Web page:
Foster parents play a very important role as a team member meeting the needs of the child in their home. Because of the foster parents’ daily interactions with the child, they have the most complete information about the child. It is important for you, as the foster parent, to share that information with the other service providers and with the judge who will be making life-long decisions affecting the child.
Since 1984, the law in Hawaii has stated that foster parents are to be notified about court hearings and are entitled to attend. Recently, the federal law has added that provision under the 1997 Adoption and Safe Families Act (ASFA). The family court judges have stated, “Your attendance and input at the court hearing is extremely valuable to the judge…what you have to say is very important to us and will assist us in making appropriate decision in the child’s best interests…If you cannot attend, please feel free to write us, with the understanding that whatever you submit shall be given to all parties.”
The Department is required by law to send you notification prior to the court hearing. Unfortunately, that does not always happen. However, it is fairly easy to find out the next court date. If you do not know the date of the next court hearing, call the social worker, the guardian ad litem, or the Family Court Officer.
Listed below is the exact wording of the state and federal laws that address the issue of foster parent notification and attendance at court hearings.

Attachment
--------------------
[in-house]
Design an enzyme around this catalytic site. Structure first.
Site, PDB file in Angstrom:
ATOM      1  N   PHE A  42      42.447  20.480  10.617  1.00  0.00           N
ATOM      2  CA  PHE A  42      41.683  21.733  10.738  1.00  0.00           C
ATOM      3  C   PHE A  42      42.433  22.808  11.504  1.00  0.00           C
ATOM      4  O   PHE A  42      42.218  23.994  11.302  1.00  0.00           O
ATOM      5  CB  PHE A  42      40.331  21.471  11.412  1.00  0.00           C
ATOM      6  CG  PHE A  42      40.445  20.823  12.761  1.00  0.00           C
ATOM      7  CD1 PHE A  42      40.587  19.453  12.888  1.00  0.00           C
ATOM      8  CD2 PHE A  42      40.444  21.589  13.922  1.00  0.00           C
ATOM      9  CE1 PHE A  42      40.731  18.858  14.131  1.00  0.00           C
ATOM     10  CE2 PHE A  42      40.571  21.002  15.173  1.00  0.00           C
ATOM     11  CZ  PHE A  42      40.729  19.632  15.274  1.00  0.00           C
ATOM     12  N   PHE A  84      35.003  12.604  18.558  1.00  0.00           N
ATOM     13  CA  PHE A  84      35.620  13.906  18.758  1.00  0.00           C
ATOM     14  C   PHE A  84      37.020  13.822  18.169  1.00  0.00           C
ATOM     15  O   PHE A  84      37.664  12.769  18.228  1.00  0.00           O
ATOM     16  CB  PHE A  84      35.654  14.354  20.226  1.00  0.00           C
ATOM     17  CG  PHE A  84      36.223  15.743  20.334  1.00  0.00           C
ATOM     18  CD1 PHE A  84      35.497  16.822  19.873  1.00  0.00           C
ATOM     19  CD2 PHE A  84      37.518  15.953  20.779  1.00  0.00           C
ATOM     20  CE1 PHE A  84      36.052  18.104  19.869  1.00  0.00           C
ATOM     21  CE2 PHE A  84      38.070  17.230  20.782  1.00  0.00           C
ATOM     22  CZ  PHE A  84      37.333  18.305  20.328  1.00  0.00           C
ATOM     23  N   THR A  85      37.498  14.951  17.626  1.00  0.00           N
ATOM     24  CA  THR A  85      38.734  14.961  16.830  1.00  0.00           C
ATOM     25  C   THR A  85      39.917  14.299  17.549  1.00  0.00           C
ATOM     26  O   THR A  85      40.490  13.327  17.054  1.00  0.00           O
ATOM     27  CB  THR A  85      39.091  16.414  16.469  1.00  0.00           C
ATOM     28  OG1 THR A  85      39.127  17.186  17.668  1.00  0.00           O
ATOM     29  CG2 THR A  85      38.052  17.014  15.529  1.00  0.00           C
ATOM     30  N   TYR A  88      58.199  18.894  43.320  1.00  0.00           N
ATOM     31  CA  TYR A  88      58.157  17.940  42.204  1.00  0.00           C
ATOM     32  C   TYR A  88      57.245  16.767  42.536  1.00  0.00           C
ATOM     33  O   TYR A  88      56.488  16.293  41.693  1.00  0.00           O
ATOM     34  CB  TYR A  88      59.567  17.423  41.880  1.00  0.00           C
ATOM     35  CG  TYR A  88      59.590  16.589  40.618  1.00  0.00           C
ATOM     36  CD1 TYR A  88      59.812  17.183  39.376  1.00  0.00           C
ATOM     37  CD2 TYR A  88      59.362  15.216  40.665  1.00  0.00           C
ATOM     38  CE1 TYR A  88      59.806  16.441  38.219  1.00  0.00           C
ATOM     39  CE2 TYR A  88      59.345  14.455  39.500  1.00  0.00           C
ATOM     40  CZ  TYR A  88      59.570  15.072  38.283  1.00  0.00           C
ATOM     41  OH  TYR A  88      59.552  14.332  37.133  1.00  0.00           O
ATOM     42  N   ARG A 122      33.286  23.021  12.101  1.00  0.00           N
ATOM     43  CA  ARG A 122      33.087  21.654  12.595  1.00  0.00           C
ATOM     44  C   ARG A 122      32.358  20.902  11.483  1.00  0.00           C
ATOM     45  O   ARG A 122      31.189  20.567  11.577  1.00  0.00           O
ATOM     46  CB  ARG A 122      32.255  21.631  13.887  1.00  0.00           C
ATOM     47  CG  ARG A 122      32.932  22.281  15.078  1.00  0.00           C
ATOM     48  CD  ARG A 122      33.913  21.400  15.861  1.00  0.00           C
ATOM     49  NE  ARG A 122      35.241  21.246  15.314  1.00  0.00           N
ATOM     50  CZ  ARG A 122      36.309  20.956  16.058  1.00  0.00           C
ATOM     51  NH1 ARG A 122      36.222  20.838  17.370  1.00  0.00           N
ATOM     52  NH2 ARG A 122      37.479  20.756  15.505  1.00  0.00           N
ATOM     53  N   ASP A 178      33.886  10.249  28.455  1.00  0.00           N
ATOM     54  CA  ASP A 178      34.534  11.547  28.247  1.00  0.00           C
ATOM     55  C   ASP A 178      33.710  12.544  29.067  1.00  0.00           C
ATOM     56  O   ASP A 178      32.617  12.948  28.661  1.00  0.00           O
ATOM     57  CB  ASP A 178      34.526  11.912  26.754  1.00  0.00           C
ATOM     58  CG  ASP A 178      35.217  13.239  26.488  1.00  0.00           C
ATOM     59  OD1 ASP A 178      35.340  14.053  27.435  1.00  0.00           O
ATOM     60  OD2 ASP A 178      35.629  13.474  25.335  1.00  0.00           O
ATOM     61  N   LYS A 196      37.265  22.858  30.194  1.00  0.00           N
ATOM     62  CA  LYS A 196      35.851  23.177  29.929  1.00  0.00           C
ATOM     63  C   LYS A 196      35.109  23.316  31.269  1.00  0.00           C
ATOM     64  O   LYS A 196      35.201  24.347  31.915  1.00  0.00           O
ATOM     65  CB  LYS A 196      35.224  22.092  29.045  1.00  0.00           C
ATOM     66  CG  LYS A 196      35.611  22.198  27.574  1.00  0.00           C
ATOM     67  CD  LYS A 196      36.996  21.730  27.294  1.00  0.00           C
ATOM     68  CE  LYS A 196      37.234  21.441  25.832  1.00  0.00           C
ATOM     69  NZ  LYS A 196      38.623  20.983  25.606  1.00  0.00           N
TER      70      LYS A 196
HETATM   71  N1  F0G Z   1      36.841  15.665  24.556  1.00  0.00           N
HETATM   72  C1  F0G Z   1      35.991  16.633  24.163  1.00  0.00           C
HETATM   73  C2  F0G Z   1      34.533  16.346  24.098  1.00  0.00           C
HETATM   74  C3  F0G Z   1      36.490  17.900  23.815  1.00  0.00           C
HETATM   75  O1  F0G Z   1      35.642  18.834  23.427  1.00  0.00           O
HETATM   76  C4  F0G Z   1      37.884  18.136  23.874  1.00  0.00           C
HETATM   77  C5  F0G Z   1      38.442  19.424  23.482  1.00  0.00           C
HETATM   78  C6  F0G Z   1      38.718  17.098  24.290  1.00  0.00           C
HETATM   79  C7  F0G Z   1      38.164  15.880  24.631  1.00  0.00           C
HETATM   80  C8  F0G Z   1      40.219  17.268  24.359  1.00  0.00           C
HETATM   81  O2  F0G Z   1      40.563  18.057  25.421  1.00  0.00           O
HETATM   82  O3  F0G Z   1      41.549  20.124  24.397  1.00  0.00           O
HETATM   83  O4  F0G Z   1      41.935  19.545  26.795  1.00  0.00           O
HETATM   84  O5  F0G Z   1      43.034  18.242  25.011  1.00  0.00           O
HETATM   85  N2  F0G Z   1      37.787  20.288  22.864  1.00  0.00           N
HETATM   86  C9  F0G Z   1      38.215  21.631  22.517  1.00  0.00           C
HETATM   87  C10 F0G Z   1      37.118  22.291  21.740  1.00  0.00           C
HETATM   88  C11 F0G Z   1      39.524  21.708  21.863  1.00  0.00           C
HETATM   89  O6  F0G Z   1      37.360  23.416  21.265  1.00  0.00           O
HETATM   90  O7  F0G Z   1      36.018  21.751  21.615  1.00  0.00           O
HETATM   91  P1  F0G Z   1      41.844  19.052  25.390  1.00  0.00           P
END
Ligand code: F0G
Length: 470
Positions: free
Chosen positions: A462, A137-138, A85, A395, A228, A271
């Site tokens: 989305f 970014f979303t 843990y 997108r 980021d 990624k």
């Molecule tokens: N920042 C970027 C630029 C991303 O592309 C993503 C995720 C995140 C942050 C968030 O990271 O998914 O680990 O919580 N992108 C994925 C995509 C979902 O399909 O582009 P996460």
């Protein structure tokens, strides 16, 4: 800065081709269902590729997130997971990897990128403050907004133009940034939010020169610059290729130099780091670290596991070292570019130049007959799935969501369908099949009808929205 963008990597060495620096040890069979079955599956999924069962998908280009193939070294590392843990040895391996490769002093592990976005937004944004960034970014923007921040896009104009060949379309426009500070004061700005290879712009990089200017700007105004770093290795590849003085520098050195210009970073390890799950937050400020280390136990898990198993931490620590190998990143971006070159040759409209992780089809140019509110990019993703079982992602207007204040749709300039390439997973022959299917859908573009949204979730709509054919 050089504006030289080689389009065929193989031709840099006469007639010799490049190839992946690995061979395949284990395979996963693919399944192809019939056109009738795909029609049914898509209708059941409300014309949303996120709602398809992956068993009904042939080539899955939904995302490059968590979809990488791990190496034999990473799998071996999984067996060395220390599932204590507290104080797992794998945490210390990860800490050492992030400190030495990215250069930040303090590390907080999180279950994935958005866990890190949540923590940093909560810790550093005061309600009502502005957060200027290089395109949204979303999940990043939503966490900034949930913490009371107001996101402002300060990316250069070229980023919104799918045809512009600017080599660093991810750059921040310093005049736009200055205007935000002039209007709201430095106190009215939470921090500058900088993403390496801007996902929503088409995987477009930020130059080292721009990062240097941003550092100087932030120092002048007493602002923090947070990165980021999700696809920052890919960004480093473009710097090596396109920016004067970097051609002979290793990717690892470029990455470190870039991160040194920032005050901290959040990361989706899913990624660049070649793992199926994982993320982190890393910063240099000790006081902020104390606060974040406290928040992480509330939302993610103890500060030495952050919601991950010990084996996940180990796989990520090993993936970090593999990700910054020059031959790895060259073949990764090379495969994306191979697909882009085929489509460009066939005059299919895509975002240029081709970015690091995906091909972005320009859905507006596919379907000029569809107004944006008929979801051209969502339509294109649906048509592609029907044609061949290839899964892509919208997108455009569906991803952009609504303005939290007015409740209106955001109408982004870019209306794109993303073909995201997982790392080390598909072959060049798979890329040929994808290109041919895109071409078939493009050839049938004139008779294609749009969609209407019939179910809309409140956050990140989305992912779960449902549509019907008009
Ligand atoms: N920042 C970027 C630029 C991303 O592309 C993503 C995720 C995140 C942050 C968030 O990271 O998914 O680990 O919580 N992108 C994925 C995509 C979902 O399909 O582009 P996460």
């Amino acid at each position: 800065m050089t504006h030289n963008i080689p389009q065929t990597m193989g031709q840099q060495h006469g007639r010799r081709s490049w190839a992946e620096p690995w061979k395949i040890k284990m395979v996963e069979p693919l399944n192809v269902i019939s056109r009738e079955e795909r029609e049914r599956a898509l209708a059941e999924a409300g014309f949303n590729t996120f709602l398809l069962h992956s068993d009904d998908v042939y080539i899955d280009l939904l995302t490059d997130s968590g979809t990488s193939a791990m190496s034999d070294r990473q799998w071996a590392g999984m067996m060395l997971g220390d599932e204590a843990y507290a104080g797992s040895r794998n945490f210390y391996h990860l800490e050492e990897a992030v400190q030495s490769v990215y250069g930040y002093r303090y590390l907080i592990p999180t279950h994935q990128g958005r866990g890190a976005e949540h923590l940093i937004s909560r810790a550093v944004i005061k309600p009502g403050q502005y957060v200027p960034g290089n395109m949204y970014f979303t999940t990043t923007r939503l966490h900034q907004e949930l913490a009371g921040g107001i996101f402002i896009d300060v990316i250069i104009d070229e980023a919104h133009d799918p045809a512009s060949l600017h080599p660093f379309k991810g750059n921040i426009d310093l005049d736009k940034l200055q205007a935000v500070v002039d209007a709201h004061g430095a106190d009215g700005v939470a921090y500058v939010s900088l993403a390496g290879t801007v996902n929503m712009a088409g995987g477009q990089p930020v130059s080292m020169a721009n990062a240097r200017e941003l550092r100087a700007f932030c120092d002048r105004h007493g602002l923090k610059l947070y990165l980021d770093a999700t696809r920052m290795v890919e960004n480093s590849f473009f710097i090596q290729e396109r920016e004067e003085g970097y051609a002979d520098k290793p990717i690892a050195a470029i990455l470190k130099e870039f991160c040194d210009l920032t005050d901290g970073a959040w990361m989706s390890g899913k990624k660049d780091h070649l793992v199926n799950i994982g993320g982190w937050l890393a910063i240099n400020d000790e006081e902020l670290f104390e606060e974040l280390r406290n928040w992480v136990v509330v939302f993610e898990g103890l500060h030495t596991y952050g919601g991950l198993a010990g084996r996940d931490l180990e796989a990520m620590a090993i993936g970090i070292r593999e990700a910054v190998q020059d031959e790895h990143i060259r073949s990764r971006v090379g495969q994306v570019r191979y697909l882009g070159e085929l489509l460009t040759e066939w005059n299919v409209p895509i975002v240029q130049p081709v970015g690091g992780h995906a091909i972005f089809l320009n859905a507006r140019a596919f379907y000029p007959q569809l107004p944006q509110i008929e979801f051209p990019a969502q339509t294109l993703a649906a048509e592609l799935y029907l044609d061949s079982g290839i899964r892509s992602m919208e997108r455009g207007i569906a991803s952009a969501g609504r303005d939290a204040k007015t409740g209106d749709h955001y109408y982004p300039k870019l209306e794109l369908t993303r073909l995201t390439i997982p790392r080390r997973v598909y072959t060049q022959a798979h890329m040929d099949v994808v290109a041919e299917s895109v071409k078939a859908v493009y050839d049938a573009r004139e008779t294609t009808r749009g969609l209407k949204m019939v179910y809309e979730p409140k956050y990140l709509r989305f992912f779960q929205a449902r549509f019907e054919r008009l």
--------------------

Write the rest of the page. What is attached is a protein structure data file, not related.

Hawaii Revised Statutes:
Chapter 587A 14 (b) states that “The child’s current resource family shall be served written notice of hearings no less than forty-eight hours before a scheduled hearing; provided that no further notice shall be provided to a resource family that was given actual notice of a hearing while present in court, subject to a shortening of time as ordered by the court.
Chapter 587A 14 (d) goes on to say “The child’s current resource family is entitled to participate in the proceedings to provide information to the court, either in person or in writing, concerning the current status of the child in their care.”
The federal law says in 104.42 U.S.C. 675(5)(G): “The foster parents of a child and any pre-adoptive parent or relative providing care for the child are provided with notice of, and an opportunity to be heard in, any review or hearing to be held with respect to the child, except that this subparagraph shall not be construed to require that any foster parent, pre-adoptive parent, or relative providing care for the child be made a party to such a review or hearing solely on the basis of such notice and opportunity to be heard.”
Do your part as a member of the team: Document important information regarding the child and the case; write a court report or letter and send it to the appropriate parties; attend the court hearing; and speak up regarding concerns.